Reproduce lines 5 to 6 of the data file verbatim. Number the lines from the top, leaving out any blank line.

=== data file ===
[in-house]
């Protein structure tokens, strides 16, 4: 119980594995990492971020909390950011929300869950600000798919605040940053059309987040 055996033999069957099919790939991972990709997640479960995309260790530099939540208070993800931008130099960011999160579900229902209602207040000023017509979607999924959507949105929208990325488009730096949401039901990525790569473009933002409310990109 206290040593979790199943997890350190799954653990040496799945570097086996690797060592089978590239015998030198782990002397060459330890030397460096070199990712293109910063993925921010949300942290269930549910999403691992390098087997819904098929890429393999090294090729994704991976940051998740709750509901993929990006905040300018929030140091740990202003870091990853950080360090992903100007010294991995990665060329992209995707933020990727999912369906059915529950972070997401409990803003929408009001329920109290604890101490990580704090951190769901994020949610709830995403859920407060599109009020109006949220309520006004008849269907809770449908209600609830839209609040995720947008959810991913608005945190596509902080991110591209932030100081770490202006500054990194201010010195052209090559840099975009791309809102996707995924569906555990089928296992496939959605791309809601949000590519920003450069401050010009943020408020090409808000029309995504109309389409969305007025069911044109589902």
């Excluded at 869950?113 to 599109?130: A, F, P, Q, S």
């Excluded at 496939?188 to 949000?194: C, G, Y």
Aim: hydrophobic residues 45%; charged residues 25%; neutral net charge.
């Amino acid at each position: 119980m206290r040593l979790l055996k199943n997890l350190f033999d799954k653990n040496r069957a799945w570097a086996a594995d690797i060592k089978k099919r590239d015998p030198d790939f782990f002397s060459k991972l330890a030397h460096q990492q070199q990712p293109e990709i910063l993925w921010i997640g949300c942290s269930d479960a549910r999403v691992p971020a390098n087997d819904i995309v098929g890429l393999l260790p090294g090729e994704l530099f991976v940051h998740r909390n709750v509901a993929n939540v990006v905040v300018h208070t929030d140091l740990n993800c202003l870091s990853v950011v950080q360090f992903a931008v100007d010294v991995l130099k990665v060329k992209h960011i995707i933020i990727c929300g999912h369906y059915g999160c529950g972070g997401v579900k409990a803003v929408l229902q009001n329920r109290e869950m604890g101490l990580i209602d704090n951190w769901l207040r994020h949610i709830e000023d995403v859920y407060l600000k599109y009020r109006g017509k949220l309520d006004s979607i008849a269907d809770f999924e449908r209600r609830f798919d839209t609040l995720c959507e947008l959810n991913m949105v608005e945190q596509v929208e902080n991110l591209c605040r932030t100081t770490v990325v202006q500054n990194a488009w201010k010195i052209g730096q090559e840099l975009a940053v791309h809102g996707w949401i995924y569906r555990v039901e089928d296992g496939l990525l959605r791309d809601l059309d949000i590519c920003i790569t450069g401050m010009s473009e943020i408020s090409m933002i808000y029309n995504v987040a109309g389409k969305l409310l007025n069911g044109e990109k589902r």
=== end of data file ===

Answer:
Aim: hydrophobic residues 45%; charged residues 25%; neutral net charge.
């Amino acid at each position: 119980m206290r040593l979790l055996k199943n997890l350190f033999d799954k653990n040496r069957a799945w570097a086996a594995d690797i060592k089978k099919r590239d015998p030198d790939f782990f002397s060459k991972l330890a030397h460096q990492q070199q990712p293109e990709i910063l993925w921010i997640g949300c942290s269930d479960a549910r999403v691992p971020a390098n087997d819904i995309v098929g890429l393999l260790p090294g090729e994704l530099f991976v940051h998740r909390n709750v509901a993929n939540v990006v905040v300018h208070t929030d140091l740990n993800c202003l870091s990853v950011v950080q360090f992903a931008v100007d010294v991995l130099k990665v060329k992209h960011i995707i933020i990727c929300g999912h369906y059915g999160c529950g972070g997401v579900k409990a803003v929408l229902q009001n329920r109290e869950m604890g101490l990580i209602d704090n951190w769901l207040r994020h949610i709830e000023d995403v859920y407060l600000k599109y009020r109006g017509k949220l309520d006004s979607i008849a269907d809770f999924e449908r209600r609830f798919d839209t609040l995720c959507e947008l959810n991913m949105v608005e945190q596509v929208e902080n991110l591209c605040r932030t100081t770490v990325v202006q500054n990194a488009w201010k010195i052209g730096q090559e840099l975009a940053v791309h809102g996707w949401i995924y569906r555990v039901e089928d296992g496939l990525l959605r791309d809601l059309d949000i590519c920003i790569t450069g401050m010009s473009e943020i408020s090409m933002i808000y029309n995504v987040a109309g389409k969305l409310l007025n069911g044109e990109k589902r």